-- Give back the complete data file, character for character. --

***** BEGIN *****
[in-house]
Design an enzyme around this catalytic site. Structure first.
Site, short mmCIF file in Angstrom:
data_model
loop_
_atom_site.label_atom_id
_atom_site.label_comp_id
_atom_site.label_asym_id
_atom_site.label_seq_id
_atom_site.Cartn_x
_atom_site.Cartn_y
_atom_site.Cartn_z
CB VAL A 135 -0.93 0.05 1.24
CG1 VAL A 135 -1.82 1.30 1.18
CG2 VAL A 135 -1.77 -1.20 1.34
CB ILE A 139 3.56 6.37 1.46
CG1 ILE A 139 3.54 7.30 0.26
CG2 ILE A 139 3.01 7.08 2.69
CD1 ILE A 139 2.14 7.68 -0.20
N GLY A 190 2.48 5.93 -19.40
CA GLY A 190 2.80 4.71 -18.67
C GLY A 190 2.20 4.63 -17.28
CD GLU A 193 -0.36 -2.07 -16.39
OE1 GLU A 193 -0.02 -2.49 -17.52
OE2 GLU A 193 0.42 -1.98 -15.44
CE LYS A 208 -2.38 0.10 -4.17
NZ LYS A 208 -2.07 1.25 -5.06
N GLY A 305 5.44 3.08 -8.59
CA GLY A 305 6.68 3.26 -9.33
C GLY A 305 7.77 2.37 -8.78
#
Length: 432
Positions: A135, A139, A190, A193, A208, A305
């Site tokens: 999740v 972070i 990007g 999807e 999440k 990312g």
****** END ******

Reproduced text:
[in-house]
Design an enzyme around this catalytic site. Structure first.
Site, short mmCIF file in Angstrom:
data_model
loop_
_atom_site.label_atom_id
_atom_site.label_comp_id
_atom_site.label_asym_id
_atom_site.label_seq_id
_atom_site.Cartn_x
_atom_site.Cartn_y
_atom_site.Cartn_z
CB VAL A 135 -0.93 0.05 1.24
CG1 VAL A 135 -1.82 1.30 1.18
CG2 VAL A 135 -1.77 -1.20 1.34
CB ILE A 139 3.56 6.37 1.46
CG1 ILE A 139 3.54 7.30 0.26
CG2 ILE A 139 3.01 7.08 2.69
CD1 ILE A 139 2.14 7.68 -0.20
N GLY A 190 2.48 5.93 -19.40
CA GLY A 190 2.80 4.71 -18.67
C GLY A 190 2.20 4.63 -17.28
CD GLU A 193 -0.36 -2.07 -16.39
OE1 GLU A 193 -0.02 -2.49 -17.52
OE2 GLU A 193 0.42 -1.98 -15.44
CE LYS A 208 -2.38 0.10 -4.17
NZ LYS A 208 -2.07 1.25 -5.06
N GLY A 305 5.44 3.08 -8.59
CA GLY A 305 6.68 3.26 -9.33
C GLY A 305 7.77 2.37 -8.78
#
Length: 432
Positions: A135, A139, A190, A193, A208, A305
């Site tokens: 999740v 972070i 990007g 999807e 999440k 990312g």